Scott Hardie | June 8, 2019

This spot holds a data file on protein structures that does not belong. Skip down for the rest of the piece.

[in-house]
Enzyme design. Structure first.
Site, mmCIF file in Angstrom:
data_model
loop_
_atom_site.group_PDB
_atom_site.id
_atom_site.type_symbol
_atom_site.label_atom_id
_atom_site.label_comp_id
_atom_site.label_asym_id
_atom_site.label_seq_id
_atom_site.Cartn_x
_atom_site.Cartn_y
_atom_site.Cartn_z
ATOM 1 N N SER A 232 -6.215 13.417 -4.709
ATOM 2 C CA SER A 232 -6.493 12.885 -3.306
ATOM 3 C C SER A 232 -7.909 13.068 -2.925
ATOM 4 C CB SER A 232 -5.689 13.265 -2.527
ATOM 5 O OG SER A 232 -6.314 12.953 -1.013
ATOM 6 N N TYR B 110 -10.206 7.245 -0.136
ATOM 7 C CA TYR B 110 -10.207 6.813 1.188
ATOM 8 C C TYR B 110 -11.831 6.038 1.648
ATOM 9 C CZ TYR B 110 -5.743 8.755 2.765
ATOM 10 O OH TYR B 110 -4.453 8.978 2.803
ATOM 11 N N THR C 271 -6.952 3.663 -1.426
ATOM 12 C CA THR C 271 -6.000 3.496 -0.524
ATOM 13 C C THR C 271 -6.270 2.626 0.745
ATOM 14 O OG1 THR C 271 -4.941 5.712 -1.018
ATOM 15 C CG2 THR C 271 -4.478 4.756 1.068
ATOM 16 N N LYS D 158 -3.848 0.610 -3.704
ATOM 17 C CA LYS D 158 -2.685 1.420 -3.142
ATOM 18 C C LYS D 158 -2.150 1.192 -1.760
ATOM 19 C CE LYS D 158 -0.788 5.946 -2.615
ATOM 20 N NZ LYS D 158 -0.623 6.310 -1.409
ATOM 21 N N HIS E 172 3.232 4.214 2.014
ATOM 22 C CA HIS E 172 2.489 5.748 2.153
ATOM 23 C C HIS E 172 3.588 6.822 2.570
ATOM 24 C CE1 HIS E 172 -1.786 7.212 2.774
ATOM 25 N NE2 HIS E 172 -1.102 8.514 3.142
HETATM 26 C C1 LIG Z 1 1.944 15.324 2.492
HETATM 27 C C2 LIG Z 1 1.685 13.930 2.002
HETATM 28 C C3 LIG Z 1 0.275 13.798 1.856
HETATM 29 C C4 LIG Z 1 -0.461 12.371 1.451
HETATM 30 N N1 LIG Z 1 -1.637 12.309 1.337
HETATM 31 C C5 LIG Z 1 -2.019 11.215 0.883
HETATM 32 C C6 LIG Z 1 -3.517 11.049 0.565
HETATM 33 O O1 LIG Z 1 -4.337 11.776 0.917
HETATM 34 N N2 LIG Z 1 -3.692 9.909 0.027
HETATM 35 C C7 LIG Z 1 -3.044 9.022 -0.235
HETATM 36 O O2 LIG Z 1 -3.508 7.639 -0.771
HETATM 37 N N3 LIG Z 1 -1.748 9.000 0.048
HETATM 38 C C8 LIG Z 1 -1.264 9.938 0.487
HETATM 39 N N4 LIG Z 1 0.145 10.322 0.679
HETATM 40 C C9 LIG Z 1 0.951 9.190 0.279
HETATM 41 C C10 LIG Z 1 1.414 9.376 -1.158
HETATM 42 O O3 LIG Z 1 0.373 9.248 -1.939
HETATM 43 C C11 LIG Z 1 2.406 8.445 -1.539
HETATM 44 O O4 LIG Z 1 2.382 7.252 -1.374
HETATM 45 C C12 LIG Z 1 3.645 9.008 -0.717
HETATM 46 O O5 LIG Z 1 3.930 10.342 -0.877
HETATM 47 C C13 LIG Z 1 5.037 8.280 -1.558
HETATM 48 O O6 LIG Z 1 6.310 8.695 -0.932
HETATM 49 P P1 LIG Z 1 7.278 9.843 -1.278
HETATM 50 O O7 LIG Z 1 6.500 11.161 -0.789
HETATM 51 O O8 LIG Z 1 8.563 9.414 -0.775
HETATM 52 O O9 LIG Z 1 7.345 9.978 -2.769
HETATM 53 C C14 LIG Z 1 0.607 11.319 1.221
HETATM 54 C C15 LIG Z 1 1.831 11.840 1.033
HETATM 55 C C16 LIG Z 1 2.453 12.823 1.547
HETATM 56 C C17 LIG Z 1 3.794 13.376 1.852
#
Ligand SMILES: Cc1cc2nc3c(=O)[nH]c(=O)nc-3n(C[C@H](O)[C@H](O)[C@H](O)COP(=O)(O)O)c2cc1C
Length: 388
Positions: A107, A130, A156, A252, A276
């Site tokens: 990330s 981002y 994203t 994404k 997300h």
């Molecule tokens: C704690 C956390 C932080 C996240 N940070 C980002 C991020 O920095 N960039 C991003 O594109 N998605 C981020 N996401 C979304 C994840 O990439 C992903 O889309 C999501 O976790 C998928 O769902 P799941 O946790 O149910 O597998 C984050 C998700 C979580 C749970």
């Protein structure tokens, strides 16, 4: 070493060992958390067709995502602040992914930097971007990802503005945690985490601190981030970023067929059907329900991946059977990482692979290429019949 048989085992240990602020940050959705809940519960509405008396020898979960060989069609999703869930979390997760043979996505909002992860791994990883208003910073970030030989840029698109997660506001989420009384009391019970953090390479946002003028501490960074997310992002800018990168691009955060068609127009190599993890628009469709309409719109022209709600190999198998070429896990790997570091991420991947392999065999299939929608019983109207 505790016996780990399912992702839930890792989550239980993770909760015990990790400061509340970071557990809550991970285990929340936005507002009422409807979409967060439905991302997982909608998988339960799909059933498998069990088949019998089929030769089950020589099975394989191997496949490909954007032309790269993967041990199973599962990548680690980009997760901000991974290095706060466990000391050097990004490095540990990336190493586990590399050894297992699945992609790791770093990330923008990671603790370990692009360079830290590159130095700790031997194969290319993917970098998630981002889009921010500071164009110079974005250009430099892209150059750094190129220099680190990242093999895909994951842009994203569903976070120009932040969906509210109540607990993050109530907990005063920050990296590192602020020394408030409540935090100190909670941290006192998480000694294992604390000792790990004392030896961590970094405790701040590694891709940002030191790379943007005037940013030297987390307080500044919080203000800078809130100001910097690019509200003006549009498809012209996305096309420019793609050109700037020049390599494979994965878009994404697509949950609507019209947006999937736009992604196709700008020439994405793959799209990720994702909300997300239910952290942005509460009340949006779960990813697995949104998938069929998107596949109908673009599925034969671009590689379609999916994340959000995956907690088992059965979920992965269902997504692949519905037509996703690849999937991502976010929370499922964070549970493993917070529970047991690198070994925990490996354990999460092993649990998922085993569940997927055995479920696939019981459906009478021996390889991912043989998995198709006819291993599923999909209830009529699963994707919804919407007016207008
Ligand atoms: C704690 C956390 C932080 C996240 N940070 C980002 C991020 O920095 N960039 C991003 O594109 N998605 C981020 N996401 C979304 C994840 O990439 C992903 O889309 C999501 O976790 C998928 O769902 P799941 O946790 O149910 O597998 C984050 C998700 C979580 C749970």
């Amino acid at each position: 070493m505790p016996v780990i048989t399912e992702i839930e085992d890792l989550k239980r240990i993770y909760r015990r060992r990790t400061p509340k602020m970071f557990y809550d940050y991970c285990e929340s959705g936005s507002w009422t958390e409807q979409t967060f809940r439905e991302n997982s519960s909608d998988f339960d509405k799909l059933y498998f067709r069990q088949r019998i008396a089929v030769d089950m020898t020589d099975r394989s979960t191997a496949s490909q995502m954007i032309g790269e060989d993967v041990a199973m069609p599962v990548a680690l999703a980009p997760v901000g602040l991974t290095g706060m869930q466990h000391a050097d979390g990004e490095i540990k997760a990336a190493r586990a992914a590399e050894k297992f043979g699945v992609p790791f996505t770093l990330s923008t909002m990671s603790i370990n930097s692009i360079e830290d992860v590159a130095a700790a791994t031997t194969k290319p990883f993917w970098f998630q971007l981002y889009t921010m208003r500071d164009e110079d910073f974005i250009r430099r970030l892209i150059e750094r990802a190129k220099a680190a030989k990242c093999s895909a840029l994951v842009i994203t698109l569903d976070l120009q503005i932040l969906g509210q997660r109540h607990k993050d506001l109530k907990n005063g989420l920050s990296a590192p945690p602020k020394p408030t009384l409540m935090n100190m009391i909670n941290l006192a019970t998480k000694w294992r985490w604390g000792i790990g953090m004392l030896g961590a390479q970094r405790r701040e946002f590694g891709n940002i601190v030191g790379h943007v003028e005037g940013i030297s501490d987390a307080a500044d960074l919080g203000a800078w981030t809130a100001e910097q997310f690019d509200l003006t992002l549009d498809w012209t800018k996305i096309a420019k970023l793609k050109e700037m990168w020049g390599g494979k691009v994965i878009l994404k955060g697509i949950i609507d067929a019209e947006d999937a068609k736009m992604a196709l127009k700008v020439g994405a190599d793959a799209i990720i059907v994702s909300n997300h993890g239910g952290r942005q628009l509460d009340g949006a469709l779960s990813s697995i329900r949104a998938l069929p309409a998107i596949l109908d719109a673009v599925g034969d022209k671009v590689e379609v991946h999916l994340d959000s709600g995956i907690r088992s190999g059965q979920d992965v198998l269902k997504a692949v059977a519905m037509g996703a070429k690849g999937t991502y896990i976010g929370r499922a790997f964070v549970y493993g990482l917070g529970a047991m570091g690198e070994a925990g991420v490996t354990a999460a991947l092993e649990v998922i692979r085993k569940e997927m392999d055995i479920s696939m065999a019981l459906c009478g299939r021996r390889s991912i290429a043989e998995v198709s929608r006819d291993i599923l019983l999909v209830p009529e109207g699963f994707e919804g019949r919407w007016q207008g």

My first instinct is not to discourage people from seeking help in genuine emergencies. Passing a law that can punish someone for calling 911 with sincere concerns? Yikes. A good number of real crimes could go unreported because people feel unsure about what they're witnessing and don't want to wind up in jail. Let me tell a story: A few years ago, I was driving home and passed by a Goodwill store after dark. The front door was open and the alarms were going off, and an unmarked van was parked at the front door in the otherwise empty parking lot. Only a light in the back of the store was on; the rest was dark. I couldn't tell if it was a robbery in progress or just an employee who forgot something after closing and tripped the alarm by going back in. But I figured I had better err on the side of caution, so I called 911 to report a possible crime in progress. I made it clear to the operator that I couldn't tell what was happening, and she understood. If a law was on the books in my area that punished white people for calling 911 on black people just going about their lives, and I happened to spot that the person who set off the alarm was black, would I have called? Probably not, because I'm not going to risk going to jail for the sake of some Goodwill store.